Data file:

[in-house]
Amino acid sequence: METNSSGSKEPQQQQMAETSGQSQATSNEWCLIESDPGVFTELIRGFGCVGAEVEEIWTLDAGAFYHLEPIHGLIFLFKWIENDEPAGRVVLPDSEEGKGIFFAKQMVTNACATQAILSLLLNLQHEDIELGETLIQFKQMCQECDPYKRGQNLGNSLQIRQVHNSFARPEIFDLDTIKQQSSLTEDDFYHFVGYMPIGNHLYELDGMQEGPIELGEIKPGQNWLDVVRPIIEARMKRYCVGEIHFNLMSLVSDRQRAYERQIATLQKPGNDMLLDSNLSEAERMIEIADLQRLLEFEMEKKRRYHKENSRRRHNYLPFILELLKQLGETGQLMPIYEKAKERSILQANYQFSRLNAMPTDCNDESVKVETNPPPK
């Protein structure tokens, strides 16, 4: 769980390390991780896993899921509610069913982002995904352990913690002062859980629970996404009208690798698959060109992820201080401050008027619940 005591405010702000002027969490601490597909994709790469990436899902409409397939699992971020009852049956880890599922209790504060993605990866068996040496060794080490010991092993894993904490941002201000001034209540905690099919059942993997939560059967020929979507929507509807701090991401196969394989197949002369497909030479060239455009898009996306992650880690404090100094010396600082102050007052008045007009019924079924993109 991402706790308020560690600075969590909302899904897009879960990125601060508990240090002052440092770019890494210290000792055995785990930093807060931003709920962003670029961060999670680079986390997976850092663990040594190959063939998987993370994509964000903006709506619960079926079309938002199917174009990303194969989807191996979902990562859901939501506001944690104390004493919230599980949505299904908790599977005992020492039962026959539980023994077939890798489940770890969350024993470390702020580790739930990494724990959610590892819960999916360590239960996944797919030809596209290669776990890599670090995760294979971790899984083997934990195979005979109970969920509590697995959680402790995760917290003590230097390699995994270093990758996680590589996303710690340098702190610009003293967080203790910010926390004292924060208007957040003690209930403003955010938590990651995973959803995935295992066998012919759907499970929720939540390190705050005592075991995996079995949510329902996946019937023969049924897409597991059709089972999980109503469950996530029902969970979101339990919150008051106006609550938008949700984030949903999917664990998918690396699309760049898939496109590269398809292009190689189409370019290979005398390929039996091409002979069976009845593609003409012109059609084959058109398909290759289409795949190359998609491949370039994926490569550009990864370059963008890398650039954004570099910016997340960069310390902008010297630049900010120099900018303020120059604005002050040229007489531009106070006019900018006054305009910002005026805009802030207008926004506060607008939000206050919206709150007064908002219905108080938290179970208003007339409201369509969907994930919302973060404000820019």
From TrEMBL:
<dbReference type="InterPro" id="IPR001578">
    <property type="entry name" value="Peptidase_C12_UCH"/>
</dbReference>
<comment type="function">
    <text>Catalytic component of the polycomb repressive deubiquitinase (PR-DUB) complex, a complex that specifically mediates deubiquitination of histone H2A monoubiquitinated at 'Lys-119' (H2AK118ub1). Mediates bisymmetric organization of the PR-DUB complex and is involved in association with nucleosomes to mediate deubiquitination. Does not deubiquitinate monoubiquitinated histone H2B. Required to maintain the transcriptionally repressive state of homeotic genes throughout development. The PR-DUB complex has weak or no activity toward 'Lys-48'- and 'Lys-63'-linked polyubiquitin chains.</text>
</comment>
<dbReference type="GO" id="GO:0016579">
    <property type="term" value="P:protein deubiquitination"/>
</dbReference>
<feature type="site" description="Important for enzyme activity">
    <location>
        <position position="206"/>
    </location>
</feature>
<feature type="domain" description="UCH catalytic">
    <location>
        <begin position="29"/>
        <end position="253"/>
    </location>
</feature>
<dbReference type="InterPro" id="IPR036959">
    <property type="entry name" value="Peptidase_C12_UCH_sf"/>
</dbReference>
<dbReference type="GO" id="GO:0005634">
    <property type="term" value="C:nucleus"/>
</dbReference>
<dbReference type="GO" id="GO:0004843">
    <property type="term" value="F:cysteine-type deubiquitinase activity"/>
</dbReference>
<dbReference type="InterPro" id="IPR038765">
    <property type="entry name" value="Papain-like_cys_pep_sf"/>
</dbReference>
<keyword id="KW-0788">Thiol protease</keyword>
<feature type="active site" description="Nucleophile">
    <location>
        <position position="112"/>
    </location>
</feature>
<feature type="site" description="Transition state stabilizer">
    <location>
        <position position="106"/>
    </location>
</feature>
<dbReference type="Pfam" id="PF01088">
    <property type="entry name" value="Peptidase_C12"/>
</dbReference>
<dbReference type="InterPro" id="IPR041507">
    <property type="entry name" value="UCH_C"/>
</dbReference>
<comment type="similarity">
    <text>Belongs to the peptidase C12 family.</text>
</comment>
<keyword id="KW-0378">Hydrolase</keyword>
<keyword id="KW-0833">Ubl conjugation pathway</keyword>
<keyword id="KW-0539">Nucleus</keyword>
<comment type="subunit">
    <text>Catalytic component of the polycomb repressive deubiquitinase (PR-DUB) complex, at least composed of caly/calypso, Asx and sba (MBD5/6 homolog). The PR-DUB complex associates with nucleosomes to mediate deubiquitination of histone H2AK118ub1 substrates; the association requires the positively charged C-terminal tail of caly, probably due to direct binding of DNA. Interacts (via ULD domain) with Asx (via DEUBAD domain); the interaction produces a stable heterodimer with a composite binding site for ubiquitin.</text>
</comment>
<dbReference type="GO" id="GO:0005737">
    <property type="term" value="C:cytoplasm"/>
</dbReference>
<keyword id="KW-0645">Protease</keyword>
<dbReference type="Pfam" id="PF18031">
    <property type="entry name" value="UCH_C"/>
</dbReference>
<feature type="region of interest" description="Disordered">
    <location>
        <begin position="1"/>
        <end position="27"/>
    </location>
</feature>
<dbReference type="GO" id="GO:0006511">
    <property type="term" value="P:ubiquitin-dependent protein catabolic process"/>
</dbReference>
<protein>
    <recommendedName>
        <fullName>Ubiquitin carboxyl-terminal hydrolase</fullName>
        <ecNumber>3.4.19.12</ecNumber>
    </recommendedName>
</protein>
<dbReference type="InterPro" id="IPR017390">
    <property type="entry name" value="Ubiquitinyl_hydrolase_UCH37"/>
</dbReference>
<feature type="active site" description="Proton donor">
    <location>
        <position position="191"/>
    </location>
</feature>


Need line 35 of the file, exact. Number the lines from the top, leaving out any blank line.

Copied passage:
    <property type="entry name" value="Papain-like_cys_pep_sf"/>